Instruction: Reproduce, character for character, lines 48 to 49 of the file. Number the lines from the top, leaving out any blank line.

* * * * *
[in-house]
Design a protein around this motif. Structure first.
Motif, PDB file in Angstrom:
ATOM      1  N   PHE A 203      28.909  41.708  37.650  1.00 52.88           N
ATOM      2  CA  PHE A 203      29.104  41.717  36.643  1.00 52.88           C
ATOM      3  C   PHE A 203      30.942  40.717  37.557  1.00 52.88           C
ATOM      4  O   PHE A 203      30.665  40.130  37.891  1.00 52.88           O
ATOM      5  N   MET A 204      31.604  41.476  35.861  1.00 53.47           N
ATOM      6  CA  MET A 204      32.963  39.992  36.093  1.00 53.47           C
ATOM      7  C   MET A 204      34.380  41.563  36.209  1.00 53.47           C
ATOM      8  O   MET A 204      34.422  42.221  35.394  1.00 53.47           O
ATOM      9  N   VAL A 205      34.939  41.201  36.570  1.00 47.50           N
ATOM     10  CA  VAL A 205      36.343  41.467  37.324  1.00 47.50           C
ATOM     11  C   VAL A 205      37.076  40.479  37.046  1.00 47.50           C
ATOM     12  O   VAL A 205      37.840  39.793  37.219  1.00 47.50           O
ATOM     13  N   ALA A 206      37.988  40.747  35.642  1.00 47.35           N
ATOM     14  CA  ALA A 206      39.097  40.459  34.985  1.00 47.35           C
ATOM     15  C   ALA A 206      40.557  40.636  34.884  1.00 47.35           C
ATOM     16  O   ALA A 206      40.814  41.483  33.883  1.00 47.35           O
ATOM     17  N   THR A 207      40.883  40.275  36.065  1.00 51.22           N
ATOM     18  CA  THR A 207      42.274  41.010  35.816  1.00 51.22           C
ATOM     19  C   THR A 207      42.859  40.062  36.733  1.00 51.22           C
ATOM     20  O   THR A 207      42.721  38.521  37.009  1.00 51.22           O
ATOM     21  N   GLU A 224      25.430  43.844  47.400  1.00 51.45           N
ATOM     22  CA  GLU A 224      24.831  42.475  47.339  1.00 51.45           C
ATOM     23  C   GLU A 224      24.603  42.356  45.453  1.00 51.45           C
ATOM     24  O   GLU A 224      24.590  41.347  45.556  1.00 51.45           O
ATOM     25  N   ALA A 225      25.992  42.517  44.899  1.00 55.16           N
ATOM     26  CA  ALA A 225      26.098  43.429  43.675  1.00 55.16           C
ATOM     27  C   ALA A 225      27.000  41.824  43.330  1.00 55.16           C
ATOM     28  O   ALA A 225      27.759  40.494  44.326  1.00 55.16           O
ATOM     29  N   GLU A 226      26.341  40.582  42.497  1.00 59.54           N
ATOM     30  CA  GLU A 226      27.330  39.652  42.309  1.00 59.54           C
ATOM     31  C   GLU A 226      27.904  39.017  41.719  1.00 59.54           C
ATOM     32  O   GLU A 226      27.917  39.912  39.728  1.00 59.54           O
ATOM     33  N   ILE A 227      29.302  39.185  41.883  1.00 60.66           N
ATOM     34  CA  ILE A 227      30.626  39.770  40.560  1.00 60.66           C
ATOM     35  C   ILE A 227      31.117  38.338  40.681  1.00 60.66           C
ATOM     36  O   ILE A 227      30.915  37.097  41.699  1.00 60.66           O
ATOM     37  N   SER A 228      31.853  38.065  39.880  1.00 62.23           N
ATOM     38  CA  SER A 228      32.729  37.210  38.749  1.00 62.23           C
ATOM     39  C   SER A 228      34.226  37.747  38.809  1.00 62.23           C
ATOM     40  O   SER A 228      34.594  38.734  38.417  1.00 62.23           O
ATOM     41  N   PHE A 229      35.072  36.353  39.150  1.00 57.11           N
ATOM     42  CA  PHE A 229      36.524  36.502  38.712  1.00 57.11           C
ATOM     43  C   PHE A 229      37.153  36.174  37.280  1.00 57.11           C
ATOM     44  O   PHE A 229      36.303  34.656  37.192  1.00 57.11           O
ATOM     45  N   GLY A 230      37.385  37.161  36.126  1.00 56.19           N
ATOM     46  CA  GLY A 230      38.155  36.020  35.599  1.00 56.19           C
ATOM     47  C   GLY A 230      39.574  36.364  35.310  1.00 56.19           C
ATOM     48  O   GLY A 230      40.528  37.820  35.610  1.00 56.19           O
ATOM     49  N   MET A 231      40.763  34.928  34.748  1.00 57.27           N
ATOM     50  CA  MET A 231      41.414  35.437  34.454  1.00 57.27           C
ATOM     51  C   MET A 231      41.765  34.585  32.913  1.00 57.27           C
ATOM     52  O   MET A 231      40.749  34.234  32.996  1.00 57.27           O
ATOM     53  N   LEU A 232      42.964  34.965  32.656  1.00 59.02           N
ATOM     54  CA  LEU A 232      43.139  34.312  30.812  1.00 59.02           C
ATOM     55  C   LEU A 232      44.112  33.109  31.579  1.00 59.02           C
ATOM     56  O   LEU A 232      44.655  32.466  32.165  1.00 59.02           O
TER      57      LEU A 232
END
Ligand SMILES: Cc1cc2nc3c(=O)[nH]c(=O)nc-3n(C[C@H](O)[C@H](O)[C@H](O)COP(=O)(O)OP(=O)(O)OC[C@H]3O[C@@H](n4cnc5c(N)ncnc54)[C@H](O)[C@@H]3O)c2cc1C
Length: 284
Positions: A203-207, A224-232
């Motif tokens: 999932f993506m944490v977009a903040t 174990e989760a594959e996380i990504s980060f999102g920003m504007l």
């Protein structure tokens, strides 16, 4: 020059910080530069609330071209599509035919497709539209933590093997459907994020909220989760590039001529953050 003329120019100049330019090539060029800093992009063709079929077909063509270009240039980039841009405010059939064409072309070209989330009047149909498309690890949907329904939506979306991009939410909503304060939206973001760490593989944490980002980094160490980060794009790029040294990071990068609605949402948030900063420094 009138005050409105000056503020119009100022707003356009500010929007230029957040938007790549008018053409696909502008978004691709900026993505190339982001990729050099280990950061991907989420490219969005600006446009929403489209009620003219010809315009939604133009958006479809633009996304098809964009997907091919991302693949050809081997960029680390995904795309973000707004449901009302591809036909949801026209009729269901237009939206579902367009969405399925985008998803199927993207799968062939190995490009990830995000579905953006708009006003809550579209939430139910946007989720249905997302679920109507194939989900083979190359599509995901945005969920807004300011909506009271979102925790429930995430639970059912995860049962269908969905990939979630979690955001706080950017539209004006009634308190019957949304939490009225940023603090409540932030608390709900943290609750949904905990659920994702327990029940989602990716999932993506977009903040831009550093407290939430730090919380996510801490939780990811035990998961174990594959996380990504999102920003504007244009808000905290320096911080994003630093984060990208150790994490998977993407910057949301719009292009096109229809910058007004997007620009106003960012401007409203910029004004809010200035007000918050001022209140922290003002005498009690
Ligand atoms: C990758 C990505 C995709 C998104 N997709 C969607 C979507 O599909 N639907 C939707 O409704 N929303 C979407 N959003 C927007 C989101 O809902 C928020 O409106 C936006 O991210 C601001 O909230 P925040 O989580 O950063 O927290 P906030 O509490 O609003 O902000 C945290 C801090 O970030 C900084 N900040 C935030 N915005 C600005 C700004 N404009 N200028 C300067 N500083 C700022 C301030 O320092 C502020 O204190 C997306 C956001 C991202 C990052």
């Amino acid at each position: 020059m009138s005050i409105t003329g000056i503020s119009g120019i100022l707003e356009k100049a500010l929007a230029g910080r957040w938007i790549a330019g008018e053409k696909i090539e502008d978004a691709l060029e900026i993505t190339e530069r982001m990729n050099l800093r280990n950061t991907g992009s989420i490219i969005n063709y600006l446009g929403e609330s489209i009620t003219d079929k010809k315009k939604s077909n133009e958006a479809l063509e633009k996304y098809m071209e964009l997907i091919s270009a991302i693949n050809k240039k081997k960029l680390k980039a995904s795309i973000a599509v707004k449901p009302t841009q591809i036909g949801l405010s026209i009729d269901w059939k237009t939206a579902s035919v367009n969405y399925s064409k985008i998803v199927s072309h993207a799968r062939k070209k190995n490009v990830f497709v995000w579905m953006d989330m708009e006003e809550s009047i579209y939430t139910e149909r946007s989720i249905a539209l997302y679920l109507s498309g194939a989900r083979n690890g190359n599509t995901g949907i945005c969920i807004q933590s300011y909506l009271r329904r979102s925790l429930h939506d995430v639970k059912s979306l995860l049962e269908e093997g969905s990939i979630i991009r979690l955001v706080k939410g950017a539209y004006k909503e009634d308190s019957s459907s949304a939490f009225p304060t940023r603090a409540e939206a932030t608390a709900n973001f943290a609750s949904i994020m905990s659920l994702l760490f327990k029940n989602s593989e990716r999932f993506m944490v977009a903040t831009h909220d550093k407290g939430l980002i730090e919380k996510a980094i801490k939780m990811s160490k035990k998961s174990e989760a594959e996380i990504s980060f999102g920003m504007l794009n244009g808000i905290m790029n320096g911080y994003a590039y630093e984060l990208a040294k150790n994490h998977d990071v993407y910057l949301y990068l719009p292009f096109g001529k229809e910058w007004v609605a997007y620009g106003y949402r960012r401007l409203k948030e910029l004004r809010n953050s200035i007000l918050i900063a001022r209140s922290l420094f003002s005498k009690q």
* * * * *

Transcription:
ATOM     45  N   GLY A 230      37.385  37.161  36.126  1.00 56.19           N
ATOM     46  CA  GLY A 230      38.155  36.020  35.599  1.00 56.19           C